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The Rolling Stones

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Sure, Liverpool 1963 was Beatles territory. But in London, same year, one of the most rough-and-ready acts on the R&B scene was the Rollin’ (the ”g” was added later) Stones, a six-piece outfit then in residence at the Crawdaddy Club.

The lads — Brian Jones, Mick Jagger, Keith Richard (the ”s” was added later), Bill Wyman, pianist Ian Stewart, and new drummer Charlie Watts — were hot on stage, but they also wanted to make a record. So on March 11, 1963, they set up shop at IBC Studios on Portland Place for their first recording session ever. Like good purists, they stuck to their R&B roots: Bo Diddley, Willie Dixon, and Jimmy Reed. Then, with five minutes remaining in the three-hour session, they added Reed’s ”Bright Lights, Big City.”

Record execs were less than thrilled with the results. (They thought the Stones’ R&B sounded too raw to be commercial; indeed, these versions were never released.) But the boys were undaunted. On May 1, they signed a management contract with 19-year-old Andrew Loog Oldham, who had been an assistant to Beatles manager Brian Epstein. Oldham moved quickly: He demoted Stewart to road manager and studio-only pianist, and he arranged a recording deal with Dick Rowe, the head of A&R for Decca Records.

On the evening of May 10, the Stones did their first session for Decca, recording Chuck Berry’s ”Come On” and Dixon’s ”I Want to Be Loved.” Mick Jagger later recalled the night as ”a bunch of bloody amateurs, ignorant as hell, making a hit single,” while Oldham remembered howling: ”This is the first session I’ve ever handled! I don’t know a damned thing about recording — or music, for that matter.”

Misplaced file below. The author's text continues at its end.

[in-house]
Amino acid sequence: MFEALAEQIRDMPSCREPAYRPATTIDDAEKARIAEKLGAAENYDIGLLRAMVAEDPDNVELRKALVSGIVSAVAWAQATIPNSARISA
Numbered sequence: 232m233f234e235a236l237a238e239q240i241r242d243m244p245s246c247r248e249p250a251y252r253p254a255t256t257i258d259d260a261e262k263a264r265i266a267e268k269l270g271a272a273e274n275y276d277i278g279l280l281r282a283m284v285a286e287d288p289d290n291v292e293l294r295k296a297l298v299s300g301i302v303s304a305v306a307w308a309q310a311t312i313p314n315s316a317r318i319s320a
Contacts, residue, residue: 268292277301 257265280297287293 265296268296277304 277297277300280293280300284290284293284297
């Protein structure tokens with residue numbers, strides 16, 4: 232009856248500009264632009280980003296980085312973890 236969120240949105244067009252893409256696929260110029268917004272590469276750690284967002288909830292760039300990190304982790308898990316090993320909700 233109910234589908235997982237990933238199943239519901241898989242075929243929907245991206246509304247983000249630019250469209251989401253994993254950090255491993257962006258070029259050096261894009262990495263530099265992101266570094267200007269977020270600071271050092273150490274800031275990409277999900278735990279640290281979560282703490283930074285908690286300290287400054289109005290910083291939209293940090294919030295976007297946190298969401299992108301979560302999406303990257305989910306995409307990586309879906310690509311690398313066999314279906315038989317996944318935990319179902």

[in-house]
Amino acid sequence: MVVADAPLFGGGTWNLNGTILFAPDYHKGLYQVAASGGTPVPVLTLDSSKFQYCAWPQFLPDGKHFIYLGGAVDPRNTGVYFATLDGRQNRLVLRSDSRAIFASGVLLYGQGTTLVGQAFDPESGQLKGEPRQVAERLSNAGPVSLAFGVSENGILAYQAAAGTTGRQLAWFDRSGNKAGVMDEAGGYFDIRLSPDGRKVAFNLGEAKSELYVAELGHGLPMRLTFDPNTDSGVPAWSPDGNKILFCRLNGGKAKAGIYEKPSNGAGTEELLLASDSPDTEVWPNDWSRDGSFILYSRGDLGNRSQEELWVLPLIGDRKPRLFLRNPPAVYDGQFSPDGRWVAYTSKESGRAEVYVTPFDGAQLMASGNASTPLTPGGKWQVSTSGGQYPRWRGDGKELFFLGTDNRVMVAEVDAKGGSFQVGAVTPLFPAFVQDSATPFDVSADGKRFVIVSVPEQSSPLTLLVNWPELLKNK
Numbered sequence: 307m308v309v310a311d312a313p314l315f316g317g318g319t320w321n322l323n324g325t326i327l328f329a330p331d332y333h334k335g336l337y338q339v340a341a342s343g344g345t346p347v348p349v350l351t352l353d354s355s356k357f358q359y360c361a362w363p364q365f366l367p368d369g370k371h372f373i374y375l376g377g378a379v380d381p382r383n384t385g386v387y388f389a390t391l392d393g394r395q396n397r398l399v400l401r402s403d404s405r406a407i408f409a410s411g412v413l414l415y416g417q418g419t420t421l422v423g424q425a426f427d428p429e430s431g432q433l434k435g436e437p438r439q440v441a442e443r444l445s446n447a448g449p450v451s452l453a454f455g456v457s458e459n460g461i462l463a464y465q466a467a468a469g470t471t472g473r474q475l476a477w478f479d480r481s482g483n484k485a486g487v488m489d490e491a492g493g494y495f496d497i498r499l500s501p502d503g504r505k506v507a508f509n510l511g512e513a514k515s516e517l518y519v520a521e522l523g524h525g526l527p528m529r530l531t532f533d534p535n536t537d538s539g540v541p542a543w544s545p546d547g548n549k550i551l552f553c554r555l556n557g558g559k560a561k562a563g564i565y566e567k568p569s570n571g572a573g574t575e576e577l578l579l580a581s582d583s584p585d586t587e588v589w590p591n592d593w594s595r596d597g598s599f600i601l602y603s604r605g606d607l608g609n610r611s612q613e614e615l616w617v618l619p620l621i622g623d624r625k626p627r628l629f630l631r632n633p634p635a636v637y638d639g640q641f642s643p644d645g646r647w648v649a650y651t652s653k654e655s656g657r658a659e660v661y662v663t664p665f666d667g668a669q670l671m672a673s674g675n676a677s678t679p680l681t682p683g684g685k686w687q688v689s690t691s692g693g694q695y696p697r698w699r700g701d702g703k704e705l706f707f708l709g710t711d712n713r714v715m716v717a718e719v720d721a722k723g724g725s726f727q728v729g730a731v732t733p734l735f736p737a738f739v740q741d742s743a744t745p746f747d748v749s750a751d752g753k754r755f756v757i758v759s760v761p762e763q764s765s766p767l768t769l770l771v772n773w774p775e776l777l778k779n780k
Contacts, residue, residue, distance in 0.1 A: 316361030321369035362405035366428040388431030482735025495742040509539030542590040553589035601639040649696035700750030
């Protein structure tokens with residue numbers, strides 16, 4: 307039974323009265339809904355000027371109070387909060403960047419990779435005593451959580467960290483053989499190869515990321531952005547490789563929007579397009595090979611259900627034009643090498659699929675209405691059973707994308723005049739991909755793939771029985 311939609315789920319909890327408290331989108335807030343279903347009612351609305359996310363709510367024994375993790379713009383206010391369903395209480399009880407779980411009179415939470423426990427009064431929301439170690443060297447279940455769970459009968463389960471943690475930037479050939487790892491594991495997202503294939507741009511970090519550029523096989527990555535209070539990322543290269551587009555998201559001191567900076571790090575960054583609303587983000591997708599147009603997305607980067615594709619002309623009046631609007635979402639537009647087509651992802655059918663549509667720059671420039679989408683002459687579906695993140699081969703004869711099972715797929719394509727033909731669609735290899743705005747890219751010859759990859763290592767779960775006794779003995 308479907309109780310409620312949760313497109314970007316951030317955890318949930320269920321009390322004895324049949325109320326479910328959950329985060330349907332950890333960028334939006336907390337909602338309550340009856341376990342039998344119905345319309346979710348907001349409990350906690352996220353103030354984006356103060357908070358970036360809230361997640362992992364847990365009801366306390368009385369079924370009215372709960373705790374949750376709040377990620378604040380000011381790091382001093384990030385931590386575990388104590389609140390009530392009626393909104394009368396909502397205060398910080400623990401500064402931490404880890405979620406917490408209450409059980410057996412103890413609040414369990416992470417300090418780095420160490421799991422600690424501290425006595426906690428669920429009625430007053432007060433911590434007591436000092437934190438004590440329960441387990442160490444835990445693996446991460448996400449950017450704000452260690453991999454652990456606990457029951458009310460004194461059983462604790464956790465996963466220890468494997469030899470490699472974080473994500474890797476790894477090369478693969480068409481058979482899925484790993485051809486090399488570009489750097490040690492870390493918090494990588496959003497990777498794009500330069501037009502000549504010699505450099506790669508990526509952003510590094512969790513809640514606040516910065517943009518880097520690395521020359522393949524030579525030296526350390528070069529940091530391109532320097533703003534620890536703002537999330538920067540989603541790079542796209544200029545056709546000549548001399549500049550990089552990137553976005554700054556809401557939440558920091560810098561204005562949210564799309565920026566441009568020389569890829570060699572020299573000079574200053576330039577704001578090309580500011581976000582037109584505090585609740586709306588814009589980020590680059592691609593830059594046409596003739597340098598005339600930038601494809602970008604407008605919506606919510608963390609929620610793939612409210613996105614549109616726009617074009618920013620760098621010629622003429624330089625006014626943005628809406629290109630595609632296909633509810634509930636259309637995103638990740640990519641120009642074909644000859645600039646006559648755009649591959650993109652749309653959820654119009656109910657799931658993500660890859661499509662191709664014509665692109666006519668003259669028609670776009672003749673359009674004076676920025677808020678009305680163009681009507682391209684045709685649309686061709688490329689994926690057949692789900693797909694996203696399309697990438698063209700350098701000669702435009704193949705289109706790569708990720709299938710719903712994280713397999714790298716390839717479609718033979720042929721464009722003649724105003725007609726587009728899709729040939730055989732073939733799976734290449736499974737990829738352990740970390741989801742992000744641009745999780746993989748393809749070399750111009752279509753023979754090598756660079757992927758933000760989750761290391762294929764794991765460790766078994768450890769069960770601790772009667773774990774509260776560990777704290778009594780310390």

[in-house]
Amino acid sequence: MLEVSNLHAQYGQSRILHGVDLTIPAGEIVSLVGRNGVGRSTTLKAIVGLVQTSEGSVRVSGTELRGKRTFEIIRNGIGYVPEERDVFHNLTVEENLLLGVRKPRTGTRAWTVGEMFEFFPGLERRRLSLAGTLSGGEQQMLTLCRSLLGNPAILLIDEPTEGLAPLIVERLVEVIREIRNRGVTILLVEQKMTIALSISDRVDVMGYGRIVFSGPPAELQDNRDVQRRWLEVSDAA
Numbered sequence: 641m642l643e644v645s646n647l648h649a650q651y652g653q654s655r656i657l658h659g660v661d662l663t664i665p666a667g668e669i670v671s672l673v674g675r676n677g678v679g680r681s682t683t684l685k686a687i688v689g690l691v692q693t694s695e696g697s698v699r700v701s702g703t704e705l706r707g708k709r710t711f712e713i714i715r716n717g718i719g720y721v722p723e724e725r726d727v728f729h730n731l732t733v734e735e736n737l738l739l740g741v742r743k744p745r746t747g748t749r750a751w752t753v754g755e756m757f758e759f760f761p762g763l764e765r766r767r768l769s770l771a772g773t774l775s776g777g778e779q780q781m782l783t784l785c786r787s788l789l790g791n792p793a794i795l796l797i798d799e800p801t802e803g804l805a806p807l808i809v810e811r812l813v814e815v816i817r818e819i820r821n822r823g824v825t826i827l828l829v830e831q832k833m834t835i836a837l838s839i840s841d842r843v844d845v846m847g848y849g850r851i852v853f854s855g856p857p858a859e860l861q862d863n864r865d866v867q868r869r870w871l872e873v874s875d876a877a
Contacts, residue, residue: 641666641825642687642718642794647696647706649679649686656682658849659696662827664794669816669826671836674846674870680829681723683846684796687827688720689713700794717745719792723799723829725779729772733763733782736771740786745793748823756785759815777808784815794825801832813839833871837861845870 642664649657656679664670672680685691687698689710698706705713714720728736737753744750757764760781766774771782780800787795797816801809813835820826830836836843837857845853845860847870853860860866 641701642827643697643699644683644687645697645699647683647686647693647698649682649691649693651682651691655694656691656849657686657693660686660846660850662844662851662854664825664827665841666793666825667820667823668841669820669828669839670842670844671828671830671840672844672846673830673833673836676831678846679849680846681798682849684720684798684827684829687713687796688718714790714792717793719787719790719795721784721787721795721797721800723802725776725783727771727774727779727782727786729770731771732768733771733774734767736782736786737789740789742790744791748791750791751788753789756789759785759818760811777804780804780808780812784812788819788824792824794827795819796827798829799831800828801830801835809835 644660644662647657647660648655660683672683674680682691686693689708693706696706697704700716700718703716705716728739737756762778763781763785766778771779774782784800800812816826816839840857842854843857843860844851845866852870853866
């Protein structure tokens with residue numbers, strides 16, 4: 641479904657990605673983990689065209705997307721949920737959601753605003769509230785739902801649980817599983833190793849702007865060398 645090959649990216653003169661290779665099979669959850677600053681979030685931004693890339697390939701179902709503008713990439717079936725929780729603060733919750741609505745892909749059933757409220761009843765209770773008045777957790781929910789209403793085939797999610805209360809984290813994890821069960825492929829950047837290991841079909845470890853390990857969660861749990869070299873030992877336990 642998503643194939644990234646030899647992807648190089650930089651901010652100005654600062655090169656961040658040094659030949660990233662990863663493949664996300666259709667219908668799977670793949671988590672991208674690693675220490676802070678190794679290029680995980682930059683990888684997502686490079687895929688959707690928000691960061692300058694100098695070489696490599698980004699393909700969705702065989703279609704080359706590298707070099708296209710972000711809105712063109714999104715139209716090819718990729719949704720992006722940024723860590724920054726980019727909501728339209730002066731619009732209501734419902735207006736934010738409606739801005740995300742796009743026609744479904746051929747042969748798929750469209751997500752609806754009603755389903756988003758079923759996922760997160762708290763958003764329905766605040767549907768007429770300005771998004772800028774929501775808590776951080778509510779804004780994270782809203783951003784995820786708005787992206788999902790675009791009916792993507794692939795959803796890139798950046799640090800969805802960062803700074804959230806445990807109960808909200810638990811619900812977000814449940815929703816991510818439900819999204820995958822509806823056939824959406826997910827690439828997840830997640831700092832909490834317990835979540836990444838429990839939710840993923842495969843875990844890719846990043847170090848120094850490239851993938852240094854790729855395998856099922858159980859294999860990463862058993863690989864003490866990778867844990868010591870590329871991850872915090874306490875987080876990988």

What he did know, however, was how to market his clients, stressing their untidy appearance and sullen demeanor. ”By the time I got through planting all that negative publicity,” he later said, ”there wasn’t a parent in Britain that wasn’t repulsed by the very sound of their name.” They stayed raw. They stayed sullen. They stayed Stones.


TIME CAPSULE
March 11, 1963

J.D. Salinger’s Raise High the Roof Beam, Carpenters hit the ceiling on the fiction best-seller list. The Beverly Hillbillies struck it rich on TV. And the Four Seasons urged listeners to ”Walk Like a Man.”

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